American Dream?

Globalization and the Downsizing of the American Dream

by Kevin Danaher

Just about every day we hear something about globalization. The mass media give us the impression that the impersonal forces of the "free market" are knitting together the peoples of the world into a seamless quilt. We are led to believe that things will steadily get better if we can just keep governments from meddling with the market forces that lead to more growth and efficiency.

Yet we also know that jobs are being lost to global competition. We know that the global environment is being threatened on a number of fronts, from global warming and the deterioration of the ozone layer to the extermination of species and the poisoning of the world's water supply. We see refugees and immigrants by the millions roaming the planet, in search of jobs and protection from armed conflict. We also know that inequality is getting worse: fewer and fewer large corporations own more of the world's productive resources while millions of people are unable to sustain their families. Many of us have a gut feeling that the global economy has gone awry. We would do well to trust our feelings. This booklet addresses this crucial issue: how the globalization of the economy undermines the quality of life in the United States. The decline in our standard of living can be seen in numerous areas:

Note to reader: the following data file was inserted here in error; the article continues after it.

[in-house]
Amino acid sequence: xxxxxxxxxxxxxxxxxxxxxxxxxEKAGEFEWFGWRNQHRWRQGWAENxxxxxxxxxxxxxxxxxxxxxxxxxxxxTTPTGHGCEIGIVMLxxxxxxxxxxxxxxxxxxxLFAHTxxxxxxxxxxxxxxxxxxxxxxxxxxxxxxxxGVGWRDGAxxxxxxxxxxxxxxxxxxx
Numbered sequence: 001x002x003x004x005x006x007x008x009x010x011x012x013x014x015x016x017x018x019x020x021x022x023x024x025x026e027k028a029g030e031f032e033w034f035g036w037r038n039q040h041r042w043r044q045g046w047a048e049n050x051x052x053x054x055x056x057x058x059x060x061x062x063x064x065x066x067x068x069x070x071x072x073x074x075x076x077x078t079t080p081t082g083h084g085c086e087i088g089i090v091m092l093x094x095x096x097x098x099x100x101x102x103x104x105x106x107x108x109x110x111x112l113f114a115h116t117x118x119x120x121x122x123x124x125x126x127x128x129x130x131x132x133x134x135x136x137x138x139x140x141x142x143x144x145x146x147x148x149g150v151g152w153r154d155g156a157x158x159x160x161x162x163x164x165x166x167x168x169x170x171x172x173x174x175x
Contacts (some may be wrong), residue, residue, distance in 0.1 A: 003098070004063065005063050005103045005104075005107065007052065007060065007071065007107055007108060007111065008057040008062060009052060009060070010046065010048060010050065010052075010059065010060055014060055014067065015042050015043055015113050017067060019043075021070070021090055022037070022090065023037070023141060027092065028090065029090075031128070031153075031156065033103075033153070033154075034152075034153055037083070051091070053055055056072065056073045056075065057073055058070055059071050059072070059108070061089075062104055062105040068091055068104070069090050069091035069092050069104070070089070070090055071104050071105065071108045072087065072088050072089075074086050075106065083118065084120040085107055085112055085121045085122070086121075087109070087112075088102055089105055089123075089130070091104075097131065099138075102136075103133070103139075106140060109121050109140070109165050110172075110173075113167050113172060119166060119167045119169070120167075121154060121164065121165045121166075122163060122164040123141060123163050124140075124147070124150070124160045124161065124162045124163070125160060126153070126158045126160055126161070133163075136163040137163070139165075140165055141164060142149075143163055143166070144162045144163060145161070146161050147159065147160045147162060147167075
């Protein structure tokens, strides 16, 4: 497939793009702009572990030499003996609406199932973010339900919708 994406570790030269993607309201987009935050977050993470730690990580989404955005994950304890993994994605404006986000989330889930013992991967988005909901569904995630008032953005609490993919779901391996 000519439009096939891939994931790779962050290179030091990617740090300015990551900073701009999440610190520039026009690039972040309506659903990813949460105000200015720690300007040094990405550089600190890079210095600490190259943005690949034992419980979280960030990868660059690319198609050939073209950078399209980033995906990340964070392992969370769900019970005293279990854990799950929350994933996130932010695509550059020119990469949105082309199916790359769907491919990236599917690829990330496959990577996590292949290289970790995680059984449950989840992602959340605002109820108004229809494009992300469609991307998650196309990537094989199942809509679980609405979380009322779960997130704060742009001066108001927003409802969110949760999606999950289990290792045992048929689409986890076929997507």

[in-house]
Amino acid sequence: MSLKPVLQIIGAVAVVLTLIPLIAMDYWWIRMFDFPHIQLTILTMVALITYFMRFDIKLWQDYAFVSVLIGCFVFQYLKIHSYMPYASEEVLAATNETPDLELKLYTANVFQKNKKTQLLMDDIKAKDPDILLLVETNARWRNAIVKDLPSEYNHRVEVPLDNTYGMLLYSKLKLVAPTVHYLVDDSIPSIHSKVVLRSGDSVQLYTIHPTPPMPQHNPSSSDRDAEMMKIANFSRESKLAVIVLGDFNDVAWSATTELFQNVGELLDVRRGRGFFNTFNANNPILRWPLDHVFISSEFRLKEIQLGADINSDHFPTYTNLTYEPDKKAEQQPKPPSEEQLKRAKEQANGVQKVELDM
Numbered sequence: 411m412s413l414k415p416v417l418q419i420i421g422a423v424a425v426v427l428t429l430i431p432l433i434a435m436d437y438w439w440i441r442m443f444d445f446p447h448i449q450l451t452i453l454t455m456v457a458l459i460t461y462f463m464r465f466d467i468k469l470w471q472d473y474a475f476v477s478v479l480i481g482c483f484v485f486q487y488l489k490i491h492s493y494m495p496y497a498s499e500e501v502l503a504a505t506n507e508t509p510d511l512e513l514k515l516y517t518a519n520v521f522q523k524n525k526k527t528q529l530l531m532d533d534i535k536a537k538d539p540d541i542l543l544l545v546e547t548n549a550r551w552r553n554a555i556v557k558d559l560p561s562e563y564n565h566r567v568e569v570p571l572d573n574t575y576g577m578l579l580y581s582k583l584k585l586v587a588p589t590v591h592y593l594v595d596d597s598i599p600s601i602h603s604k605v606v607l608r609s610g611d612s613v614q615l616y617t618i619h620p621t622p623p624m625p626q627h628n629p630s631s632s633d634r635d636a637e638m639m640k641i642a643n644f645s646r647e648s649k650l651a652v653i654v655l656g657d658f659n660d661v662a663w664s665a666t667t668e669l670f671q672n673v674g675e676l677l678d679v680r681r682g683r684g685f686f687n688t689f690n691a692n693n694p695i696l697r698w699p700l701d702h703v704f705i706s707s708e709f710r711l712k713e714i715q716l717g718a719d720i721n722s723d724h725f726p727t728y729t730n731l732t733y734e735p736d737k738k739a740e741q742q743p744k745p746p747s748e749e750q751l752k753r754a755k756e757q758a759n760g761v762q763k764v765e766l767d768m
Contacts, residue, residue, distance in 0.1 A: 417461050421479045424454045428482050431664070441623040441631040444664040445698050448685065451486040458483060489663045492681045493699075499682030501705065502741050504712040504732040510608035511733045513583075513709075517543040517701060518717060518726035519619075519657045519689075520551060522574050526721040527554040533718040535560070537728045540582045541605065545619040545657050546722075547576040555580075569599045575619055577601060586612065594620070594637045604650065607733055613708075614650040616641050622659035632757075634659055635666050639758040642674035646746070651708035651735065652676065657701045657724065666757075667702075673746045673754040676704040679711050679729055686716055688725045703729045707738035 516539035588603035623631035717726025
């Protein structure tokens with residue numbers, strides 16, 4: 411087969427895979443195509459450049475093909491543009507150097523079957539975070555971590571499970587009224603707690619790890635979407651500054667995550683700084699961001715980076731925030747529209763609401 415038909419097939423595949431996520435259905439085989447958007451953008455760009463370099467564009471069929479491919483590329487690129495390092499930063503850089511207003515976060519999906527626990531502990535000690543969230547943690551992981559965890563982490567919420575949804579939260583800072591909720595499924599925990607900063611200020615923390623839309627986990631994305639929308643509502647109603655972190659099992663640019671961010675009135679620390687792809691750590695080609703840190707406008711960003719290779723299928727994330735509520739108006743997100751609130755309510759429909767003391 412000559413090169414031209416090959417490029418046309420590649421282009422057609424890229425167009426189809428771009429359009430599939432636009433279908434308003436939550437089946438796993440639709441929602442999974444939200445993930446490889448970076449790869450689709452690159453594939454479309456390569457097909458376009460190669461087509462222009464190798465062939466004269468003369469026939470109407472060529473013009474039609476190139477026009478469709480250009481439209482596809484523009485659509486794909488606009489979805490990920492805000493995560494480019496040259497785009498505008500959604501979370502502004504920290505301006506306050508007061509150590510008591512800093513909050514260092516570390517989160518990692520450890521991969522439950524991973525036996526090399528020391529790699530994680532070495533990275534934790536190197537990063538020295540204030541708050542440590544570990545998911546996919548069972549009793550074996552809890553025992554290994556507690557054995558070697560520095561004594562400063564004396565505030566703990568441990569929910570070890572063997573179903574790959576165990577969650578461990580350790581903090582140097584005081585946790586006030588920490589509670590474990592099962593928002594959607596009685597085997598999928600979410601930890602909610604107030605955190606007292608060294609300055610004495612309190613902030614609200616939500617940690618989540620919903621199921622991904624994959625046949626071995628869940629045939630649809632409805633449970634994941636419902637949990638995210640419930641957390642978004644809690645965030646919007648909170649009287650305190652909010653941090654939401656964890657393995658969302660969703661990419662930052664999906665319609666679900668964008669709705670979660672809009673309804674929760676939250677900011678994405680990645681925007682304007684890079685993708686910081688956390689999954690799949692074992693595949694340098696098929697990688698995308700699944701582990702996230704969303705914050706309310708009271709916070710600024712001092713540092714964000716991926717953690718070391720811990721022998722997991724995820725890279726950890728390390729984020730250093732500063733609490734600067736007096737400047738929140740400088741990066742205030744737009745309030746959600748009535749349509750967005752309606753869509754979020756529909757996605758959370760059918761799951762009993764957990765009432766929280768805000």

1. As U.S. corporations have expanded their global reach they are better able to put the U.S. workforce in direct competition with foreign workers, thus increasing their profits while driving down our wages and general standard of living.

     

  2. Global corporations are better able to use technology to downsize their workforces, thus creating anxiety among working people who no longer feel secure about the future of their jobs.